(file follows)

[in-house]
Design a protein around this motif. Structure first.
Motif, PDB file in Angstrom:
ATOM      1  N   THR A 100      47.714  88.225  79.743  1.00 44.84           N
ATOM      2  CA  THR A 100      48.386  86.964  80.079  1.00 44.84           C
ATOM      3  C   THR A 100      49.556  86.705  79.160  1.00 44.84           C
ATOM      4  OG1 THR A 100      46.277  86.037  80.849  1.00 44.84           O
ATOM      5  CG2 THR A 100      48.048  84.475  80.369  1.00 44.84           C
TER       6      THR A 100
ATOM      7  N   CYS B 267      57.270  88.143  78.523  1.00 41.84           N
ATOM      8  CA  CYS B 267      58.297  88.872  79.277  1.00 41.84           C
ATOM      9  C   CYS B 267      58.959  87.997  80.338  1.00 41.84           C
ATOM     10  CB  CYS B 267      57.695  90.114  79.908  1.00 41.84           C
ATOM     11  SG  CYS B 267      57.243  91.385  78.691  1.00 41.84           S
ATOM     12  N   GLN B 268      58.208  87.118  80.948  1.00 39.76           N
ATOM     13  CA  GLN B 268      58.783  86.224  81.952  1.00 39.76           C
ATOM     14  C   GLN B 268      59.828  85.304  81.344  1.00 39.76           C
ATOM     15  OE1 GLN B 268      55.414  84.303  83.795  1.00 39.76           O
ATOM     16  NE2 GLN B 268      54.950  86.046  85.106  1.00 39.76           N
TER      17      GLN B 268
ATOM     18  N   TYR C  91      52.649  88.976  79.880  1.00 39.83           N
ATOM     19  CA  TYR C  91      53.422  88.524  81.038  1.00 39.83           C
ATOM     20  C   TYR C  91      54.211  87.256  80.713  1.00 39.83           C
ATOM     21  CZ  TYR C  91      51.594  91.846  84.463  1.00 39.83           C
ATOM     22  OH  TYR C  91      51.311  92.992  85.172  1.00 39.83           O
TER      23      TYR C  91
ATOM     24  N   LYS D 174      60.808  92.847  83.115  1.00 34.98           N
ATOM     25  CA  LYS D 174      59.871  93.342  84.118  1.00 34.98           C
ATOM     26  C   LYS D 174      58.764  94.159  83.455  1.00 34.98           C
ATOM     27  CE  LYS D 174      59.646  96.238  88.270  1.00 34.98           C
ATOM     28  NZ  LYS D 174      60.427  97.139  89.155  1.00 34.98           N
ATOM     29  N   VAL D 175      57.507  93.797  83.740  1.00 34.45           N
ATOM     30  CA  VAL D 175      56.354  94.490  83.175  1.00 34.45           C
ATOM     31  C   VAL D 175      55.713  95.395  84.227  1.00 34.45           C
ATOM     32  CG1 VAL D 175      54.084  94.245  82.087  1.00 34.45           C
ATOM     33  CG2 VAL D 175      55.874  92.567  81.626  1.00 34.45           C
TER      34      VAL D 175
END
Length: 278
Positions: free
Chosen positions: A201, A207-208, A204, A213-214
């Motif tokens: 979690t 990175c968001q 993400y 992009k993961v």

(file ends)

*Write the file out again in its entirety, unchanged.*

[in-house]
Design a protein around this motif. Structure first.
Motif, PDB file in Angstrom:
ATOM      1  N   THR A 100      47.714  88.225  79.743  1.00 44.84           N
ATOM      2  CA  THR A 100      48.386  86.964  80.079  1.00 44.84           C
ATOM      3  C   THR A 100      49.556  86.705  79.160  1.00 44.84           C
ATOM      4  OG1 THR A 100      46.277  86.037  80.849  1.00 44.84           O
ATOM      5  CG2 THR A 100      48.048  84.475  80.369  1.00 44.84           C
TER       6      THR A 100
ATOM      7  N   CYS B 267      57.270  88.143  78.523  1.00 41.84           N
ATOM      8  CA  CYS B 267      58.297  88.872  79.277  1.00 41.84           C
ATOM      9  C   CYS B 267      58.959  87.997  80.338  1.00 41.84           C
ATOM     10  CB  CYS B 267      57.695  90.114  79.908  1.00 41.84           C
ATOM     11  SG  CYS B 267      57.243  91.385  78.691  1.00 41.84           S
ATOM     12  N   GLN B 268      58.208  87.118  80.948  1.00 39.76           N
ATOM     13  CA  GLN B 268      58.783  86.224  81.952  1.00 39.76           C
ATOM     14  C   GLN B 268      59.828  85.304  81.344  1.00 39.76           C
ATOM     15  OE1 GLN B 268      55.414  84.303  83.795  1.00 39.76           O
ATOM     16  NE2 GLN B 268      54.950  86.046  85.106  1.00 39.76           N
TER      17      GLN B 268
ATOM     18  N   TYR C  91      52.649  88.976  79.880  1.00 39.83           N
ATOM     19  CA  TYR C  91      53.422  88.524  81.038  1.00 39.83           C
ATOM     20  C   TYR C  91      54.211  87.256  80.713  1.00 39.83           C
ATOM     21  CZ  TYR C  91      51.594  91.846  84.463  1.00 39.83           C
ATOM     22  OH  TYR C  91      51.311  92.992  85.172  1.00 39.83           O
TER      23      TYR C  91
ATOM     24  N   LYS D 174      60.808  92.847  83.115  1.00 34.98           N
ATOM     25  CA  LYS D 174      59.871  93.342  84.118  1.00 34.98           C
ATOM     26  C   LYS D 174      58.764  94.159  83.455  1.00 34.98           C
ATOM     27  CE  LYS D 174      59.646  96.238  88.270  1.00 34.98           C
ATOM     28  NZ  LYS D 174      60.427  97.139  89.155  1.00 34.98           N
ATOM     29  N   VAL D 175      57.507  93.797  83.740  1.00 34.45           N
ATOM     30  CA  VAL D 175      56.354  94.490  83.175  1.00 34.45           C
ATOM     31  C   VAL D 175      55.713  95.395  84.227  1.00 34.45           C
ATOM     32  CG1 VAL D 175      54.084  94.245  82.087  1.00 34.45           C
ATOM     33  CG2 VAL D 175      55.874  92.567  81.626  1.00 34.45           C
TER      34      VAL D 175
END
Length: 278
Positions: free
Chosen positions: A201, A207-208, A204, A213-214
């Motif tokens: 979690t 990175c968001q 993400y 992009k993961v």